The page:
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Chapter 6

  1. There are three types of social influence. Conformity involves a change in a person's attitudes or behavior in response to (often implicit) pressure from others. Compliance involves going along with explicit requests made by others. Finally, obedience involves giving in to the commands of an authority.

  2. There are three sources of conformity. Sometimes people conform mindlessly and automatically, when the very perception of someone else's behavior makes them more likely to behave that way themselves (the principle of ideomotor action). Other times, people conform because of informational social influence—that is, they look upon the actions of others as information about what is best to do. Still other times people conform because of normative social influence—that is, out of concern for the social consequences of their actions.

  3. Several characteristics of the group affect conformity pressure. The larger the group size, the greater its influence—but only up to a size of about four people. Unanimous groups are far more effective than those with even a single other dissenter. Moreover, the greater the expertise and status of group members, the greater their influence.

  4. Culture and gender affect conformity. People from more interdependent cultures are more likely to conform than people from independent cultures. Women are somewhat more likely to conform than men. But both men and women conform more in domains in which they are less knowledgeable.

  5. Several task factors affect conformity pressure. The more difficult and ambiguous the task is, as with the autokinetic experiment, the greater the conformity. When people's responses are anonymous, they are less affected by others' responses. Finally, when people have satisfying explanations of others' judgments, such as monetary gain, they are less affected by others' responses.

  6. The direction of influence is not always from the majority to the minority. Sometimes minority influence can be substantial, especially when it is a consistent minority.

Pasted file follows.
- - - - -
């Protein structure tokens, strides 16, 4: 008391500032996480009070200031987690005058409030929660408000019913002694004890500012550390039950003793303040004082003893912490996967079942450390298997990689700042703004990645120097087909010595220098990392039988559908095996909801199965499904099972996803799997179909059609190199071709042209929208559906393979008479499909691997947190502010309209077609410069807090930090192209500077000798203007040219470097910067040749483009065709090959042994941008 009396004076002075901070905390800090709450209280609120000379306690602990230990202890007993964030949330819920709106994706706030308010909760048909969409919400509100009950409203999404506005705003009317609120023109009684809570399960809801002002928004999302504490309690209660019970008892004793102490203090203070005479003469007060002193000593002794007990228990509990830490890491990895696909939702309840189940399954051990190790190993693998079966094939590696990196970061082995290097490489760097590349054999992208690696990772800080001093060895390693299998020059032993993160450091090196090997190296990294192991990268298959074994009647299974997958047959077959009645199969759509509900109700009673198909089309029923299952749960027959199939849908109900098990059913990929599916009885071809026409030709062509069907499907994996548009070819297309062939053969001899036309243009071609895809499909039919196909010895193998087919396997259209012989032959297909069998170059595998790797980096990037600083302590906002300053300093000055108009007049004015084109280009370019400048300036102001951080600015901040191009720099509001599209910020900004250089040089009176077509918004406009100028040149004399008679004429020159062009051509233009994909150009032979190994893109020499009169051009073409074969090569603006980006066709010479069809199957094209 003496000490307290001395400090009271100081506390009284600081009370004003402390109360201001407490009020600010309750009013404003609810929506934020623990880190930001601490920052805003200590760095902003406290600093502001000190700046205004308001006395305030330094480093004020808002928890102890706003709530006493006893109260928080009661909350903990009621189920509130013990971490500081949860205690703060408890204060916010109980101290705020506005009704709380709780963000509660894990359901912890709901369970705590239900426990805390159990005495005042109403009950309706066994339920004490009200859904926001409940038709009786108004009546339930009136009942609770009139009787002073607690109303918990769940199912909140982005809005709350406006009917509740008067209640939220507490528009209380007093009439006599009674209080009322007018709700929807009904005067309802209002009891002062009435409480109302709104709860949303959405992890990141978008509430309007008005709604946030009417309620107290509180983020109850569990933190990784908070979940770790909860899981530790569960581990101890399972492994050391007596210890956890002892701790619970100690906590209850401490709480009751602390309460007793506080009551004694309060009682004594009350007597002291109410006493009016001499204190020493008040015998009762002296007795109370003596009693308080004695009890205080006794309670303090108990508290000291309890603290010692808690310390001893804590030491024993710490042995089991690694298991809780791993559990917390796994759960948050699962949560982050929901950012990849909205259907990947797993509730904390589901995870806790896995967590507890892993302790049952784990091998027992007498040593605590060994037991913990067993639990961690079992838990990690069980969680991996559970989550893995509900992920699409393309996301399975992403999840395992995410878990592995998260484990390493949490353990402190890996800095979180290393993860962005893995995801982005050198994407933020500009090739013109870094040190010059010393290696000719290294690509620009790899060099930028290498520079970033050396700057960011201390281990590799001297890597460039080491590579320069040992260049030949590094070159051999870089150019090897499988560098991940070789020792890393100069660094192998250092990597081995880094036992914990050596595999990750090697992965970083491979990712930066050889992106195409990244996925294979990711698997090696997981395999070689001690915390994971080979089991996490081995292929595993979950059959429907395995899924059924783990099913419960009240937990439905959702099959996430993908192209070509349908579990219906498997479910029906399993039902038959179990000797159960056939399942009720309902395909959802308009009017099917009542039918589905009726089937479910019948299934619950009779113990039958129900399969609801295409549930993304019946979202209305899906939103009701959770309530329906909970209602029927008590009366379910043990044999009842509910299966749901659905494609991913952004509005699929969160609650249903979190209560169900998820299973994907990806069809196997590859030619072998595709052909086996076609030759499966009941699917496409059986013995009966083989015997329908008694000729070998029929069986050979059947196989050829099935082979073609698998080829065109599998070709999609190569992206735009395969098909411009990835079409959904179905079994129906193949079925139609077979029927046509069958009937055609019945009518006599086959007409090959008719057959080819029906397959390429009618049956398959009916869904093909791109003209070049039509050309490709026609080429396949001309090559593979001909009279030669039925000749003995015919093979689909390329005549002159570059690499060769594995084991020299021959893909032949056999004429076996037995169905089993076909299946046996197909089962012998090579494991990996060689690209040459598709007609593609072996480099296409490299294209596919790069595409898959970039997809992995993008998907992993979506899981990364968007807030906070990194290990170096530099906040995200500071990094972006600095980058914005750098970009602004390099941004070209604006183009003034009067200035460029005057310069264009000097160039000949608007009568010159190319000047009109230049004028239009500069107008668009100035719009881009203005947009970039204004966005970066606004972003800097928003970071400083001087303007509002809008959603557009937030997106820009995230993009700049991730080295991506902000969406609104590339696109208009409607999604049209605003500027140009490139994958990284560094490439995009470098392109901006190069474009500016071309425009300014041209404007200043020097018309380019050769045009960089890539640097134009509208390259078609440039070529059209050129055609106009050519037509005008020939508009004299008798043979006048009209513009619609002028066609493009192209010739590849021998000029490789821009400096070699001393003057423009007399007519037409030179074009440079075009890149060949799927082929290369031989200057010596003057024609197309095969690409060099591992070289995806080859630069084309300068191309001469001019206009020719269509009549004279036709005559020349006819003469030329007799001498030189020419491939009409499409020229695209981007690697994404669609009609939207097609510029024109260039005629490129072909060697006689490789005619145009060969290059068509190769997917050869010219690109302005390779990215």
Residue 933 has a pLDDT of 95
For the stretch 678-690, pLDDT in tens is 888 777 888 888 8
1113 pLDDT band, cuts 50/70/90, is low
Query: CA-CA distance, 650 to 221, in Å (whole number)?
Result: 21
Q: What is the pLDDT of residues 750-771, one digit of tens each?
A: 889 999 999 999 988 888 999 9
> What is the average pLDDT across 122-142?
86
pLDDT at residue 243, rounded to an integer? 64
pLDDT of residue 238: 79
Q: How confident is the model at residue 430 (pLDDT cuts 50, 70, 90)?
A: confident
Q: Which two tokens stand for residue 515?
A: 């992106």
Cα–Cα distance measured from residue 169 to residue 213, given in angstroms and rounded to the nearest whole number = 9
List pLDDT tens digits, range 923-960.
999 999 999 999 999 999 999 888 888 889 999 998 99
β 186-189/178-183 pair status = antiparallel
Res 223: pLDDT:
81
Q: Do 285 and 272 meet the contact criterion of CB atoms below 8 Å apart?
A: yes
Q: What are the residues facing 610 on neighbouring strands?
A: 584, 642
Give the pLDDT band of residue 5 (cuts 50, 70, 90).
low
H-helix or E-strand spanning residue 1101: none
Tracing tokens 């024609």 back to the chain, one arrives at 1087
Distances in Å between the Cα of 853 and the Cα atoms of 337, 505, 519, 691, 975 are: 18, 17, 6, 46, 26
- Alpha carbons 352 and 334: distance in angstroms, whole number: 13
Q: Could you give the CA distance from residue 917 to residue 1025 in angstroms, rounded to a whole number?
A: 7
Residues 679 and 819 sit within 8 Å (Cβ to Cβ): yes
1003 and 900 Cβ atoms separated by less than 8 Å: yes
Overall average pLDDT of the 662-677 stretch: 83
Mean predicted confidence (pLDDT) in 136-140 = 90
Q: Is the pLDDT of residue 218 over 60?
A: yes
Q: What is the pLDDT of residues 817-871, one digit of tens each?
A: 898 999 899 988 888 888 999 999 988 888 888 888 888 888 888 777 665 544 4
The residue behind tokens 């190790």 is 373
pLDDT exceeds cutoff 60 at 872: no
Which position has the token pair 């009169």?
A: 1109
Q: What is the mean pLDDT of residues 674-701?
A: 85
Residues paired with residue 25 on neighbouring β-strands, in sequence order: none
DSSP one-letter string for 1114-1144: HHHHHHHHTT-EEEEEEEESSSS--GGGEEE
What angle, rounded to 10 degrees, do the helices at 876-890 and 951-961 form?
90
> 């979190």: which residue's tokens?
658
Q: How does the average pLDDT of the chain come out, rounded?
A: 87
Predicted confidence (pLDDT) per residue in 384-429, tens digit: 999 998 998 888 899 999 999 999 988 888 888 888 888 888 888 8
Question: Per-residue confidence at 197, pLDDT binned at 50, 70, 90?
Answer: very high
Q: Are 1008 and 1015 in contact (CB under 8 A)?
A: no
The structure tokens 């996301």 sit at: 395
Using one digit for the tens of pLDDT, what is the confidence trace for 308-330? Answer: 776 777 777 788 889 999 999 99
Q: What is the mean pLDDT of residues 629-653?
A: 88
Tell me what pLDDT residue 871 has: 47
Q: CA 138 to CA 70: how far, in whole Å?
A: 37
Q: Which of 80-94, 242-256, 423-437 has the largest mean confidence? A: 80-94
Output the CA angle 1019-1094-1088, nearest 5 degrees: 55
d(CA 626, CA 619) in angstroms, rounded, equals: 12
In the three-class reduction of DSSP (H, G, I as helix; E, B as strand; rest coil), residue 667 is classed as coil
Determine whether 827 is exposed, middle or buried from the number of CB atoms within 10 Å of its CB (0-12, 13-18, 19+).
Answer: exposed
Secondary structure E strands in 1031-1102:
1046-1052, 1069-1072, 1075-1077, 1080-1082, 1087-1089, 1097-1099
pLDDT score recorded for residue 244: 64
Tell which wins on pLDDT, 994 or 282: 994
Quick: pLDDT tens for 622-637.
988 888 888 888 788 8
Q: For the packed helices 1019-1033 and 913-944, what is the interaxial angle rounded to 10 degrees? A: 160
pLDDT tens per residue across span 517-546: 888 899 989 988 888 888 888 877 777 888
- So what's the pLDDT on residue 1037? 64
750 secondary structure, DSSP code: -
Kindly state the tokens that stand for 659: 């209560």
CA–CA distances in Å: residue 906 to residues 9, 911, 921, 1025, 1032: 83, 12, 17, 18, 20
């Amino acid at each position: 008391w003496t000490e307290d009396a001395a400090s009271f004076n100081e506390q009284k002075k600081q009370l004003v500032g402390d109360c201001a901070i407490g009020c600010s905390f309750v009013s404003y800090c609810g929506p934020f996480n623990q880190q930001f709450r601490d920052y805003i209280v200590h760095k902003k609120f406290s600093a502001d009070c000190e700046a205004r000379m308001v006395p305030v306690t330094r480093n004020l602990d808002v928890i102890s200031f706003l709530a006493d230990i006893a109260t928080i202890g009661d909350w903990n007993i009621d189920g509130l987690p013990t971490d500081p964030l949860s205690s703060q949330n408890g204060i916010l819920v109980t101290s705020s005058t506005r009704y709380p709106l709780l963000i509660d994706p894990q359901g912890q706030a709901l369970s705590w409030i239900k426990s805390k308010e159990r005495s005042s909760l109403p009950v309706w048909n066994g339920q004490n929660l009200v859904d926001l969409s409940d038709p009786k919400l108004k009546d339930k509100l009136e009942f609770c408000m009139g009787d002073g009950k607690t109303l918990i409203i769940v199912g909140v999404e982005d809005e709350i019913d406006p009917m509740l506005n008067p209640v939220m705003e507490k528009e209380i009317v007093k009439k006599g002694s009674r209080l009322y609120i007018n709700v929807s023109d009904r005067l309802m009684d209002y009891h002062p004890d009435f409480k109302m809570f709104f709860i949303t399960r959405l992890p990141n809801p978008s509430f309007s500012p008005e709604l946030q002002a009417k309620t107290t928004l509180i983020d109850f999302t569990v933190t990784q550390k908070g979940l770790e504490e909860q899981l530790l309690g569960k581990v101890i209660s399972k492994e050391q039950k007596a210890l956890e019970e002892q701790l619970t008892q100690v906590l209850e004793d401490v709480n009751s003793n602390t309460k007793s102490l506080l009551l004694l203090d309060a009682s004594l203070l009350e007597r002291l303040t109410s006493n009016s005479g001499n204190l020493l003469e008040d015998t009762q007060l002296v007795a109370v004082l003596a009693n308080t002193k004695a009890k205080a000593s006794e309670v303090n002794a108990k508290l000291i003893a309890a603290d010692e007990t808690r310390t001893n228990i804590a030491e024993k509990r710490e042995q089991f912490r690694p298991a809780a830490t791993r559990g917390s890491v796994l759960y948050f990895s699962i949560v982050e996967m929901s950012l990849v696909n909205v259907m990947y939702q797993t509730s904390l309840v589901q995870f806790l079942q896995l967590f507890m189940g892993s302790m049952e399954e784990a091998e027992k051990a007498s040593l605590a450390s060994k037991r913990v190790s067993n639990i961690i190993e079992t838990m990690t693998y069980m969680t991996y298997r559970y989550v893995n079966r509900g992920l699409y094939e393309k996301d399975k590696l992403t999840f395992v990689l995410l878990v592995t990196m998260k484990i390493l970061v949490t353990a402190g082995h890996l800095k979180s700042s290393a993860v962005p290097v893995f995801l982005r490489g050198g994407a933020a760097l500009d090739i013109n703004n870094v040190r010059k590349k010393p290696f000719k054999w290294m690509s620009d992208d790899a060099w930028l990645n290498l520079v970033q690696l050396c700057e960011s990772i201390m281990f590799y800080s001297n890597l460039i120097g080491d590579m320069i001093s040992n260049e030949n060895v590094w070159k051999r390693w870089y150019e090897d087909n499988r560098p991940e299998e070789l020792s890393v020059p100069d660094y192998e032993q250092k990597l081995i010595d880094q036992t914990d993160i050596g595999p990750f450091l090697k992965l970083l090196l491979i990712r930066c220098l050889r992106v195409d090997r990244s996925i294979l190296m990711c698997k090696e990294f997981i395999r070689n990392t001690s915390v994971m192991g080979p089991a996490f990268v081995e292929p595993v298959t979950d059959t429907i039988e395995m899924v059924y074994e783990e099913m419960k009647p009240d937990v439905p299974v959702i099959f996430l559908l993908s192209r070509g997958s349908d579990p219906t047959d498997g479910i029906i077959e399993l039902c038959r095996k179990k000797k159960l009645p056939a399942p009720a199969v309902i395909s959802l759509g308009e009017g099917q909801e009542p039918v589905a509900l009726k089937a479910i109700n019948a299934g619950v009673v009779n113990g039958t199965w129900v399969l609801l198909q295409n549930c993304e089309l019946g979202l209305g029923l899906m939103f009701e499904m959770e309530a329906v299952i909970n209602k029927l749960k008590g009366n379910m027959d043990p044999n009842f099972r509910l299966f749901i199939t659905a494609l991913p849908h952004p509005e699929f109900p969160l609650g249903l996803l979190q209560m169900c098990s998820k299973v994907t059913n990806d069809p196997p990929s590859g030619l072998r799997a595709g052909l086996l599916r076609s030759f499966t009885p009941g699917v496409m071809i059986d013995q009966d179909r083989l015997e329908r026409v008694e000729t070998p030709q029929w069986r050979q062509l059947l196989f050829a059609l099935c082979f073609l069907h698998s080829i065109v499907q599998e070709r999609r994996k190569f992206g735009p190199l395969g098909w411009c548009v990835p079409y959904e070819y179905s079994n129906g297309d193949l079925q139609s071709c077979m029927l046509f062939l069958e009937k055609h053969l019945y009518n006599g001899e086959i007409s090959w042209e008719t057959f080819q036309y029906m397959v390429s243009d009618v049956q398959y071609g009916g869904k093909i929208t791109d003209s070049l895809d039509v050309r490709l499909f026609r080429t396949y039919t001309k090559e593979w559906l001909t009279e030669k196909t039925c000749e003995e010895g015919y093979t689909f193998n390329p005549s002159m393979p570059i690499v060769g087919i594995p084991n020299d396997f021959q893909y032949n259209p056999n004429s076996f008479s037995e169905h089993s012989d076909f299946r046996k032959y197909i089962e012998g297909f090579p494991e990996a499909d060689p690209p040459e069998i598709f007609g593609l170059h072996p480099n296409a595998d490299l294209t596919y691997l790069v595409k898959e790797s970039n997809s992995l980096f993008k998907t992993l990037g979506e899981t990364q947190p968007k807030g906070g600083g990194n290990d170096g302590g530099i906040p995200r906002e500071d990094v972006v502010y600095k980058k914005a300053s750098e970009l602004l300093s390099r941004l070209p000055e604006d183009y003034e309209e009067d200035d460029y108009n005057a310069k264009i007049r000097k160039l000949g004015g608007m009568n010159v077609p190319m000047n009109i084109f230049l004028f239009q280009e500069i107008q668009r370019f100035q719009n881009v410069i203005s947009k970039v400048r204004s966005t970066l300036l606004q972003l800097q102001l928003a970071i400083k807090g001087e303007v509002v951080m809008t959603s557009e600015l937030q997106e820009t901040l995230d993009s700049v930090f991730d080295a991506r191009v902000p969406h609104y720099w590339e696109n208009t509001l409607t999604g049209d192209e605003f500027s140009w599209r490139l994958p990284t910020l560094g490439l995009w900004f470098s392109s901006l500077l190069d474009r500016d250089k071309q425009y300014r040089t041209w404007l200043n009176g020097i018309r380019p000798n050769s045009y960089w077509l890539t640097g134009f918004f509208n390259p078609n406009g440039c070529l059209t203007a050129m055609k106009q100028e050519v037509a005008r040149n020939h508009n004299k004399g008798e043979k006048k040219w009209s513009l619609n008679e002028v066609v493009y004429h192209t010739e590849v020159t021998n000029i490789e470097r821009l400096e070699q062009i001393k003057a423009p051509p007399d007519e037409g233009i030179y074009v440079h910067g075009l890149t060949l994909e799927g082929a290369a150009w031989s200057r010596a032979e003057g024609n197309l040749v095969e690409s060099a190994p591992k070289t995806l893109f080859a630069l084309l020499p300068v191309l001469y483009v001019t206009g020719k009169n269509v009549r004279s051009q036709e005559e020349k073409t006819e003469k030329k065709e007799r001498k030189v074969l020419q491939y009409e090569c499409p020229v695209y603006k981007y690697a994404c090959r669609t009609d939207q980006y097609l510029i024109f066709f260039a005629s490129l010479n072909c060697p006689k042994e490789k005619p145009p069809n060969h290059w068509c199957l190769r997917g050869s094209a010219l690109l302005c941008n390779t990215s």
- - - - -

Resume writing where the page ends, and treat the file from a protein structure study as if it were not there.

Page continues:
7. The study of obedience has been dominated by the experiments of Stanley Milgram, who documented that most participants go along with potentially harmful commands of an authority.

  8. Participants in obedience experiments are caught in a conflict between two opposing forces: normative social influence and moral imperatives. To modify the strength of these forces, participants tend to tune out the learner and to tune in the experimenter.

  9. Although Milgram's results strike nearly everyone as wildly counterintuitive, they can be rendered less surprising by considering the stepwise nature of his commands, the attempts to terminate the experiment made by most participants, and the ability of participants to place the onus of responsibility on the experimenter, not themselves.

  10. Compliance with the requests of others may be elicited through both reason-based techniques and emotion-based techniques.

  11. Powerful reason-based approaches include invoking the norm of reciprocity by, say, doing a favor for someone or making a concession (the door-in-the-face technique), and starting up a foot-in-the-door process by first getting someone to agree to a small request before making the more substantial request in which one is really interested.

  12. Powerful emotion-based approaches include getting the targeted person in a good mood, which is likely to increase compliance because of mood maintenance.

  13. Compliance may also result from a desire for negative state relief, as an act of compliance may reduce guilt or sadness.

  14. Sometimes attempts to influence us backfire, as when would-be influencers generate reactance. Our attempts to resist influence are aided by simple practice at it, by having an ally, by being wary of slippery slopes, and by avoiding action in the face of an emotional influence attempt by "sleeping on" the request.